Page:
Jennifer Connolly adds her own personal flair to everything she wears – even her prescription glasses! Read more from Jennifer on her blog, A Well Styled Life.
I’ve begun to accumulate them. It’s a collection I would never have chosen to start. But I’m pretty much dead in the water without them. And they’re expensive! The older I get, the more necessary they become: Prescription eyeglasses.
I haven’t admitted I can’t wear contacts…yet. But I think this second optometrist I’ve
tortured used, has accepted this as fact. I’m driving the poor man insane. I haven’t given up hope. So many people successfully wear contacts. Why am I struggling so hard with them?
What I do know is that your eyeglasses have a huge impact on your image. You wear them everyday…and the world sees you in them, everyday. Think of them as face jewelry.They’re a big part of the decisions made about you, during that precious 9 seconds people take to sum you up.
Start with the lenses
- Buy they best quality you can afford. Lenses have come a long way in recent years. Their clarity and ability to give you crisp vision is not just about your prescription strength anymore.
- They make high index lenses from a lightweight material. They’re also thinner than other lenses. This makes them a great choice, if you have a strong prescription.
- Aspheric lenses are flatter which reduces the amount of bulge, in the lens. They also magnify your eyes less, so are more cosmetically flattering.
- Do pay extra for anti-reflective coating. It makes your eyes look more attractive, it decreases unwanted glare and night-time halos. You want people to see through your glasses, to your beautiful eyes!
- If you wear multifocal lenses, a deeper lens will give you a larger reading area, on the lens itself.
Rimless glasses are very popular, with good reason. They’re lighter weight than any other frame and offer a “barely there” look. Silhouette, Airlock, Cartier are just a few of the popular manufacturers. Titanium rimless glasses are the lightest available and claim to be invisible at 20 feet. They’re less likely to leave indentations on the bridge of your nose, which tend to become permanent over time.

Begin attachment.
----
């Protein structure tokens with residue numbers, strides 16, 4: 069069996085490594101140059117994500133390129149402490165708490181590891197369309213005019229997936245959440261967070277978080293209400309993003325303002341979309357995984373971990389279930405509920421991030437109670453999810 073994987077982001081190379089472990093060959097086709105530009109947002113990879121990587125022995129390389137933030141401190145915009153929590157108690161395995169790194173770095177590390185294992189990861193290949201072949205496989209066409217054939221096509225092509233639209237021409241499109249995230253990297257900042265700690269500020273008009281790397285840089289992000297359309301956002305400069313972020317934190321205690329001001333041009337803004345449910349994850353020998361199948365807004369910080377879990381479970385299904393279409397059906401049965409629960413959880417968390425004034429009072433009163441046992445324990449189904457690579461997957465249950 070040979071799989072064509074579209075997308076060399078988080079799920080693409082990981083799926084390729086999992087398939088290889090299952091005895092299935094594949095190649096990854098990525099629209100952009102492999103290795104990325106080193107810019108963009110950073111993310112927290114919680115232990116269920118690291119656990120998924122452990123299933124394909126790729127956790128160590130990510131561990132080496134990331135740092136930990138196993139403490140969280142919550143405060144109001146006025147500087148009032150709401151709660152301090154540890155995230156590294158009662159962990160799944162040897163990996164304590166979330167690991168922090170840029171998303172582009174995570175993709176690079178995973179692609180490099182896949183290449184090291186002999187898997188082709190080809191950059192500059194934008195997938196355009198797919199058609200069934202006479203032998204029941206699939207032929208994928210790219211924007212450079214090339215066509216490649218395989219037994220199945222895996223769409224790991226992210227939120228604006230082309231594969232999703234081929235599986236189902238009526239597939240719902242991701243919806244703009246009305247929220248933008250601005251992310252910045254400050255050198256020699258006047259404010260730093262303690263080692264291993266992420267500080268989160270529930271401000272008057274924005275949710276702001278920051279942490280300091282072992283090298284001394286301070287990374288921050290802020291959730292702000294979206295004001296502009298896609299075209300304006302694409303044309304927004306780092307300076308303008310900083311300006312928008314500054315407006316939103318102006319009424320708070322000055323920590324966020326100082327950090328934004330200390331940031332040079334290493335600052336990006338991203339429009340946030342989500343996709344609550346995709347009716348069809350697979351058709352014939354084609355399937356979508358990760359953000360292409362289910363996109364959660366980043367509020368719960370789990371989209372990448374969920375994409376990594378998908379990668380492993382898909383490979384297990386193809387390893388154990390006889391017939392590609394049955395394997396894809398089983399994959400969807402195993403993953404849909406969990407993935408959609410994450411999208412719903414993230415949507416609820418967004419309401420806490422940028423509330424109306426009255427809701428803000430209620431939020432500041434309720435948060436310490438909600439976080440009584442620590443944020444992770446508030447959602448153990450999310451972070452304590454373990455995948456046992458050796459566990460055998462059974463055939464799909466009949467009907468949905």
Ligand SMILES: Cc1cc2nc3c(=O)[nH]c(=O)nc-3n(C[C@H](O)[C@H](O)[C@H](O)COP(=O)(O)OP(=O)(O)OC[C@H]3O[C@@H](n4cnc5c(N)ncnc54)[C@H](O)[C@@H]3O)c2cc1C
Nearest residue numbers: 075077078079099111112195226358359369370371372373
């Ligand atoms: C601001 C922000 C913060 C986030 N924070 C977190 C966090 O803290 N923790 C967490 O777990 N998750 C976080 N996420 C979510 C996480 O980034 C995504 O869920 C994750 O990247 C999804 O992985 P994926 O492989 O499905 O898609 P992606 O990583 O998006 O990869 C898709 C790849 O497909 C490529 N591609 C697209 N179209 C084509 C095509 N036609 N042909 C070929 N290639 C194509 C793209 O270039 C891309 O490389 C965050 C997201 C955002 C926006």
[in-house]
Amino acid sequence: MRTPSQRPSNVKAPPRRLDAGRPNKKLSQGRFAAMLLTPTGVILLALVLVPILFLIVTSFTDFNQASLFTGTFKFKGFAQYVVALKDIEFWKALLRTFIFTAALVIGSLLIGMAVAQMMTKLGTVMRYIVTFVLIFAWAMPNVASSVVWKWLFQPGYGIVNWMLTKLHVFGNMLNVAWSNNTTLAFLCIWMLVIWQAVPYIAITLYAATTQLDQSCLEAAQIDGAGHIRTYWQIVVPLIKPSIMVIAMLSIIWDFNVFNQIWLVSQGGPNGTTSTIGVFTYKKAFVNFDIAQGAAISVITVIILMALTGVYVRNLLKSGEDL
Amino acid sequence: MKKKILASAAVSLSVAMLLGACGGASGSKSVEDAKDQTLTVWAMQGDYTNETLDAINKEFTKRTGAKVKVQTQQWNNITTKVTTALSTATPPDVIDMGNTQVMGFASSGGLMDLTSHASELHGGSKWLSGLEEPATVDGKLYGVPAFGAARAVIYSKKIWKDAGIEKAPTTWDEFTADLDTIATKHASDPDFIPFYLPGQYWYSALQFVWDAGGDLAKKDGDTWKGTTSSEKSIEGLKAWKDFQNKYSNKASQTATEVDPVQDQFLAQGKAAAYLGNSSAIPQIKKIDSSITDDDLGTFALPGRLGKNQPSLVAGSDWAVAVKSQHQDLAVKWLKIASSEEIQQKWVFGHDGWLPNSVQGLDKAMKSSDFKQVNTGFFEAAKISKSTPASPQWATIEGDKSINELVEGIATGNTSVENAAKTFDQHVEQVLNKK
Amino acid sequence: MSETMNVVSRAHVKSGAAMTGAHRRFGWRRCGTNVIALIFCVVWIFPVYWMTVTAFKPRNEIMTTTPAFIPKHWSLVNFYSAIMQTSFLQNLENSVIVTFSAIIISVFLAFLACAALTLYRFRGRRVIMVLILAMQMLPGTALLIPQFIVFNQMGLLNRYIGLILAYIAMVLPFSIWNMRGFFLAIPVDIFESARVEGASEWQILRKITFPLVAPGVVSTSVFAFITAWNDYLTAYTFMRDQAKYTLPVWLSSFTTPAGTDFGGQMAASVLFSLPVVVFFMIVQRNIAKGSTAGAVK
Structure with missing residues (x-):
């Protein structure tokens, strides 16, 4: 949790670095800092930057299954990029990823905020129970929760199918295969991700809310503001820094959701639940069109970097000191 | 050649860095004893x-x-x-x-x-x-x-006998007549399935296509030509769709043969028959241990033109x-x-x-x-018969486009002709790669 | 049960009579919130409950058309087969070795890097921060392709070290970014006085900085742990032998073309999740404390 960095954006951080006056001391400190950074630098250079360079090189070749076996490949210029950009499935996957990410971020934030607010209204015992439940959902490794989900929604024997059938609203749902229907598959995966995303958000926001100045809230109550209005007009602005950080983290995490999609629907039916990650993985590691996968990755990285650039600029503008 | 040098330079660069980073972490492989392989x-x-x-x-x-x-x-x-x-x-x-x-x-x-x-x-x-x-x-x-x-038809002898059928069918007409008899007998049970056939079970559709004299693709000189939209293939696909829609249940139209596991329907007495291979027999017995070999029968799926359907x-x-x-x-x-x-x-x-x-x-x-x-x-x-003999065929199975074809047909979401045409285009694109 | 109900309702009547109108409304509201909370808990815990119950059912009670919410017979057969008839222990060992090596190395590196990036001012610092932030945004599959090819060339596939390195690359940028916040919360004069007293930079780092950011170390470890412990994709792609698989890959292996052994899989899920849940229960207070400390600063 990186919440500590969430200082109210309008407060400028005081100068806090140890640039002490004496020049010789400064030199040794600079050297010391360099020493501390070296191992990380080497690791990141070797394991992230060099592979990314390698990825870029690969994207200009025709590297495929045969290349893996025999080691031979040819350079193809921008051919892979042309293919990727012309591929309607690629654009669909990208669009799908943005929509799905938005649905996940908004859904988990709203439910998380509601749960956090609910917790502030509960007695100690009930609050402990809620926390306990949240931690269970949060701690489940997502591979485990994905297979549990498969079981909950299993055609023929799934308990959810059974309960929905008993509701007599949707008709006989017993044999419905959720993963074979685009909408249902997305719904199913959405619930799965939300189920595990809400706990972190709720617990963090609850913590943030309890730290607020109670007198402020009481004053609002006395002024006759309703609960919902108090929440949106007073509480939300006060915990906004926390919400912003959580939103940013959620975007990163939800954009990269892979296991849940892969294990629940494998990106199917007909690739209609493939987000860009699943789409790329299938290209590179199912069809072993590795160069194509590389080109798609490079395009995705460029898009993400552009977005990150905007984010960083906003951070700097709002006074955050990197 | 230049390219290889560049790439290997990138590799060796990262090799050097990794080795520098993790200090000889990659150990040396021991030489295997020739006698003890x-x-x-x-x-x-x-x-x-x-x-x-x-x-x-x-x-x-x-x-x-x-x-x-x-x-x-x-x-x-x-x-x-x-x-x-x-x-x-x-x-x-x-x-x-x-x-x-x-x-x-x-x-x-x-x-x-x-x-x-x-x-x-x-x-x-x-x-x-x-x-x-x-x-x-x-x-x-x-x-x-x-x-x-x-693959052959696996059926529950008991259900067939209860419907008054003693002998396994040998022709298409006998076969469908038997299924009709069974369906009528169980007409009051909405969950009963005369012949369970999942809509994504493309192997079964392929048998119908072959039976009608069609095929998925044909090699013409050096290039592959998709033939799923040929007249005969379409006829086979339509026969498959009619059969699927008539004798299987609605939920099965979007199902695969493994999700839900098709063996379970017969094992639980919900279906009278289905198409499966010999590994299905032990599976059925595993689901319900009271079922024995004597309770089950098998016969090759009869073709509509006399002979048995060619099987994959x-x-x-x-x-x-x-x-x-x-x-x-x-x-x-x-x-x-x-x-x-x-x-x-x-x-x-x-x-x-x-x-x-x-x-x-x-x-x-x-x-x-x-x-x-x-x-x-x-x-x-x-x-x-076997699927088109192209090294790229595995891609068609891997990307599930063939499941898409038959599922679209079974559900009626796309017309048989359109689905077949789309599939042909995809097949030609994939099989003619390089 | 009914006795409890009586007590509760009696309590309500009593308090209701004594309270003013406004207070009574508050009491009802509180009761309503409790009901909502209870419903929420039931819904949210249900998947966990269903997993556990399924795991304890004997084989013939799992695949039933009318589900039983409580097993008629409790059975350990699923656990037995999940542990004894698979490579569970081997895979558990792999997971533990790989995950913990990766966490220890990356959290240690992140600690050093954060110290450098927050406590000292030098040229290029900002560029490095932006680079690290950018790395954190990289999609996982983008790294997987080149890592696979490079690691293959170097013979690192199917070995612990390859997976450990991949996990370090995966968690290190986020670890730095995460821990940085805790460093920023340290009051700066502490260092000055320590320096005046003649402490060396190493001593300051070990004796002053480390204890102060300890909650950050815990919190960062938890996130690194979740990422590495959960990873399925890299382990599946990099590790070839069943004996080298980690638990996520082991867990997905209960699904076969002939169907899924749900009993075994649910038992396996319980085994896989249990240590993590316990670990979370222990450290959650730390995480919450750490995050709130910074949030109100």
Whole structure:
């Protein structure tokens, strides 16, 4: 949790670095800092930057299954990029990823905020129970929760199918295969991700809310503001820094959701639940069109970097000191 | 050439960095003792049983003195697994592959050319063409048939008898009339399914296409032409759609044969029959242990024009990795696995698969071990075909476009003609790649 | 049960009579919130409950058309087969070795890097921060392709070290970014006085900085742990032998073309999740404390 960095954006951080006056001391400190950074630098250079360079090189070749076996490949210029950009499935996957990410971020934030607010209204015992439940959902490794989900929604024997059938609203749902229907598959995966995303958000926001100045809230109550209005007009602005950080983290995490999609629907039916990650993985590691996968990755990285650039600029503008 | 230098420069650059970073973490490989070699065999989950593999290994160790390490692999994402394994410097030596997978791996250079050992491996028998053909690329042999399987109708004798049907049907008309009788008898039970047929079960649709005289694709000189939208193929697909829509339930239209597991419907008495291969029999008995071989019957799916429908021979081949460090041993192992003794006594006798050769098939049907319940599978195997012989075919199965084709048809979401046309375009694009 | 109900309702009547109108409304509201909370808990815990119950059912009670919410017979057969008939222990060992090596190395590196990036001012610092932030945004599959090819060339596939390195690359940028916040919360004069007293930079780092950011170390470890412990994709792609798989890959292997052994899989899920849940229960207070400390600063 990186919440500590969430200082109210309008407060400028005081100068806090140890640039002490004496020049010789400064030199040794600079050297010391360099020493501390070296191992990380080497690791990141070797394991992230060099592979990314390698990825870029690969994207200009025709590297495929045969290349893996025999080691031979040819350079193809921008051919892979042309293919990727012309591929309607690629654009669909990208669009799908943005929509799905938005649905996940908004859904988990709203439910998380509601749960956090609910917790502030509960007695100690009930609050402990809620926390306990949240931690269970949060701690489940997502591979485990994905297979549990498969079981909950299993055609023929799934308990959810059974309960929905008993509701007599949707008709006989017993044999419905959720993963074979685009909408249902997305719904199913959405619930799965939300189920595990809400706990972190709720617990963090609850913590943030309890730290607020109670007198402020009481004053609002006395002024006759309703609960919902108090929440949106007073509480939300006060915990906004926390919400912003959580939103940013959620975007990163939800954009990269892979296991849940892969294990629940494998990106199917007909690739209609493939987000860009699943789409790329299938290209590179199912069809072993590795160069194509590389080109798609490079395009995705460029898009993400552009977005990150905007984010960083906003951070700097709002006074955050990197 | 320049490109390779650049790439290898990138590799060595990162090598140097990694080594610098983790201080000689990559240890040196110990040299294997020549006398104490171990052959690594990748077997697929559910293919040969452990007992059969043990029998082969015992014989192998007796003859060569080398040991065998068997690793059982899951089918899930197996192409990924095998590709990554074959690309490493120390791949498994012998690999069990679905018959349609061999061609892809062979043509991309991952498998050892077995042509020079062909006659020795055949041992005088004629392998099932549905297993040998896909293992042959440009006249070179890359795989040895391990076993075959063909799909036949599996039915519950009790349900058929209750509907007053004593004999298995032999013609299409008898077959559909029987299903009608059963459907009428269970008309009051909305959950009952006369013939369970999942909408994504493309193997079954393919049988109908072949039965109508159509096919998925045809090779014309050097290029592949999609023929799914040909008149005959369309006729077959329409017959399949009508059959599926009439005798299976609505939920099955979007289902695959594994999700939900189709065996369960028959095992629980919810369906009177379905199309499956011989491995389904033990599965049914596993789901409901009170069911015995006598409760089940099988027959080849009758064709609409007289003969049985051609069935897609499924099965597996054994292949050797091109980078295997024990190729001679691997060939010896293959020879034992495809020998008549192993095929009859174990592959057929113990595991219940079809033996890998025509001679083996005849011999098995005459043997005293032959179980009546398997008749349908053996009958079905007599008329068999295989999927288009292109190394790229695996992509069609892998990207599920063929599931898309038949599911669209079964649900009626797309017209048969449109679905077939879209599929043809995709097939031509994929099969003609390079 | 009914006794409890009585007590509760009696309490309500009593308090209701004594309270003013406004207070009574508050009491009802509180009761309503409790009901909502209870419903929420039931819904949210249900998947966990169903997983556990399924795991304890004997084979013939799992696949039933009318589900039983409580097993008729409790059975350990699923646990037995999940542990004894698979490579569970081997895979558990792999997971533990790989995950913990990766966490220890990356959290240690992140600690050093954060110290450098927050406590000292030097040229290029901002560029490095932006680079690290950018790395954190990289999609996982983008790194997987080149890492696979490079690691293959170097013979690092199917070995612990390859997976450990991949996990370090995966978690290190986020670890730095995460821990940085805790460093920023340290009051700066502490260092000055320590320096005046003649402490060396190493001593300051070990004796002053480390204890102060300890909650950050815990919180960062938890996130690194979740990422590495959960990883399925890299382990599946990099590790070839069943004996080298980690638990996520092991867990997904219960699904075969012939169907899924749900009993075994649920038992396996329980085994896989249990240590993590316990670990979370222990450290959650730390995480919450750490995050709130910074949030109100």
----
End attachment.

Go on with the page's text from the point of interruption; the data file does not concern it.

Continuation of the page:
Plastic frames come in an unending choice of colors and sizes.
Choosing the best frame
- If you have a large face and heavy bone structure, you’ll look better in a larger frame. Delicate features are more flattered by delicate frames. Keep the scale of your glasses similar to the scale of your face.
- Consider your coloring. Do you have warm or cool skin tone? Choose frames in the same tone as your skin, eye or hair color. These are your ‘inherent’ colors and the most flattering for you to wear. That applies to clothing and eyeglasses.
- Look for frames that mirror your eyebrow shape. It’s pleasing to the eye and makes your glasses look like they belong on your face.
- If you have an angular face, curved or roundish frames are more flattering.
- You should not see the inside of the frame’s temple, looking straight at yourself. If you can, the frame is too wide for your face.
- Plastic frames without nose pads have saddle bridges. The deeper the bridge, the more comfortable the frame. It disperses the weight over a larger part of your nose.
This all holds true for prescription sunglasses too. The lenses are usually larger and therefore heavier, so choose the lightest lenses you can afford.
Feel confident in your eyewear by choosing the best for you…not just what’s trendy.
What eyeglasses do you like?
Do you have more than one pair?